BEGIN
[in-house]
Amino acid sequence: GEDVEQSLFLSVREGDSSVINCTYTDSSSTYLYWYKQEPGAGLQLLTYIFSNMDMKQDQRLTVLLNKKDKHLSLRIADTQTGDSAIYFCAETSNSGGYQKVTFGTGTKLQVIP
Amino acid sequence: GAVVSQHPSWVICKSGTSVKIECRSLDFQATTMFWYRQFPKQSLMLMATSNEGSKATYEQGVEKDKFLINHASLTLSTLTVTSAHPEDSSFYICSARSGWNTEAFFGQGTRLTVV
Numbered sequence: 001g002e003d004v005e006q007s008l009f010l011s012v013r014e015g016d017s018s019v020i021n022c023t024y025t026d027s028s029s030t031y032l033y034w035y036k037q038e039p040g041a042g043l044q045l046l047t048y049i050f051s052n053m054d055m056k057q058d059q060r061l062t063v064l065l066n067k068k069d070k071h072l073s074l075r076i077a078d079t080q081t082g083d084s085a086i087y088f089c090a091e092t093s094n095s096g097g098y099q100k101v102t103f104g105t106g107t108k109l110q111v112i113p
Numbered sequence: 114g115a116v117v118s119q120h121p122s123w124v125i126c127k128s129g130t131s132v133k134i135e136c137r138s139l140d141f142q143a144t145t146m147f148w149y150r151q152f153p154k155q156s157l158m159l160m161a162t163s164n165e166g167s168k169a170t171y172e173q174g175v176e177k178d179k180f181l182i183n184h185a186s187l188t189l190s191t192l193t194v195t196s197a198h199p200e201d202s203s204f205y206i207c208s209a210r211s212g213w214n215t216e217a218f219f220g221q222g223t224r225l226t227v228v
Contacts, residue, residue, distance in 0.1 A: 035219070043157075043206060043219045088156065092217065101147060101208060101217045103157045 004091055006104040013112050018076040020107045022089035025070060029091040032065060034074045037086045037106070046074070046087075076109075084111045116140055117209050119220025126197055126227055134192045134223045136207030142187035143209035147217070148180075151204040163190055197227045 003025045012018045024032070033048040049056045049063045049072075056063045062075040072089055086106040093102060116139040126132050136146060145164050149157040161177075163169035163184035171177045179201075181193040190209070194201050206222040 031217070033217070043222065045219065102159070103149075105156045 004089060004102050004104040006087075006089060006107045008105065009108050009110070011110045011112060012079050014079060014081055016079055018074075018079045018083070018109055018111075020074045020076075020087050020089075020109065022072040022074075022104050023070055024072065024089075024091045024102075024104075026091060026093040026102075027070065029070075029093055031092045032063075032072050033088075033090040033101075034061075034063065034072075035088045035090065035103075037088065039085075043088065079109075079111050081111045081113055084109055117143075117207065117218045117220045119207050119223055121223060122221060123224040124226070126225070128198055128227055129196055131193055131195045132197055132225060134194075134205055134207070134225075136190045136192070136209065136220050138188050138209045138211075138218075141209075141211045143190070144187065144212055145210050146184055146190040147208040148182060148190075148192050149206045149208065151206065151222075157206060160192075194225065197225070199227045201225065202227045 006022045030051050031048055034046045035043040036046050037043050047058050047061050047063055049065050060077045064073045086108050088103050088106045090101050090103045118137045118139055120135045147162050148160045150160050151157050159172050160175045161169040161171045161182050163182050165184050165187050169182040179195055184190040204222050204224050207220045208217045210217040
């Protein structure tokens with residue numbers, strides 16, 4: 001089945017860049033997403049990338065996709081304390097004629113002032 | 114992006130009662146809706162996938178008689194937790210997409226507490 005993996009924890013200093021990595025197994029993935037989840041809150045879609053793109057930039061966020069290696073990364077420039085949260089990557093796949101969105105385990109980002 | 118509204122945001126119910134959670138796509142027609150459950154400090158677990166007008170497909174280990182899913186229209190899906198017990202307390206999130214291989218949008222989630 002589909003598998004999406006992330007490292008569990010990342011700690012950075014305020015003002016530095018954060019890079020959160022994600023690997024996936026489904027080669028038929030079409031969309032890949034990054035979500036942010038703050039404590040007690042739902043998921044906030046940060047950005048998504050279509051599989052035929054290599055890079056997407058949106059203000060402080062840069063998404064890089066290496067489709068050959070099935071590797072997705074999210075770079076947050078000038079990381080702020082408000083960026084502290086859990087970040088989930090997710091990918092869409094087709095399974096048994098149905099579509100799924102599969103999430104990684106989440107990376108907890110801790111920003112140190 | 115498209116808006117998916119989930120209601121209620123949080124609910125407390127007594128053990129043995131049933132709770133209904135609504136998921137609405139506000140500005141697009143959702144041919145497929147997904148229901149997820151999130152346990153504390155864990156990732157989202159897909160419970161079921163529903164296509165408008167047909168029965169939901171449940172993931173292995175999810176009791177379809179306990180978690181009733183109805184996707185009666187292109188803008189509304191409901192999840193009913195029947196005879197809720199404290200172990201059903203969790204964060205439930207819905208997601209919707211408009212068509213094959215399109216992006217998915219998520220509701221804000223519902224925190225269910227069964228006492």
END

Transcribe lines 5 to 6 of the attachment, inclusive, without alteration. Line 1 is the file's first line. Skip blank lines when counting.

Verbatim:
Numbered sequence: 114g115a116v117v118s119q120h121p122s123w124v125i126c127k128s129g130t131s132v133k134i135e136c137r138s139l140d141f142q143a144t145t146m147f148w149y150r151q152f153p154k155q156s157l158m159l160m161a162t163s164n165e166g167s168k169a170t171y172e173q174g175v176e177k178d179k180f181l182i183n184h185a186s187l188t189l190s191t192l193t194v195t196s197a198h199p200e201d202s203s204f205y206i207c208s209a210r211s212g213w214n215t216e217a218f219f220g221q222g223t224r225l226t227v228v
Contacts, residue, residue, distance in 0.1 A: 035219070043157075043206060043219045088156065092217065101147060101208060101217045103157045 004091055006104040013112050018076040020107045022089035025070060029091040032065060034074045037086045037106070046074070046087075076109075084111045116140055117209050119220025126197055126227055134192045134223045136207030142187035143209035147217070148180075151204040163190055197227045 003025045012018045024032070033048040049056045049063045049072075056063045062075040072089055086106040093102060116139040126132050136146060145164050149157040161177075163169035163184035171177045179201075181193040190209070194201050206222040 031217070033217070043222065045219065102159070103149075105156045 004089060004102050004104040006087075006089060006107045008105065009108050009110070011110045011112060012079050014079060014081055016079055018074075018079045018083070018109055018111075020074045020076075020087050020089075020109065022072040022074075022104050023070055024072065024089075024091045024102075024104075026091060026093040026102075027070065029070075029093055031092045032063075032072050033088075033090040033101075034061075034063065034072075035088045035090065035103075037088065039085075043088065079109075079111050081111045081113055084109055117143075117207065117218045117220045119207050119223055121223060122221060123224040124226070126225070128198055128227055129196055131193055131195045132197055132225060134194075134205055134207070134225075136190045136192070136209065136220050138188050138209045138211075138218075141209075141211045143190070144187065144212055145210050146184055146190040147208040148182060148190075148192050149206045149208065151206065151222075157206060160192075194225065197225070199227045201225065202227045 006022045030051050031048055034046045035043040036046050037043050047058050047061050047063055049065050060077045064073045086108050088103050088106045090101050090103045118137045118139055120135045147162050148160045150160050151157050159172050160175045161169040161171045161182050163182050165184050165187050169182040179195055184190040204222050204224050207220045208217045210217040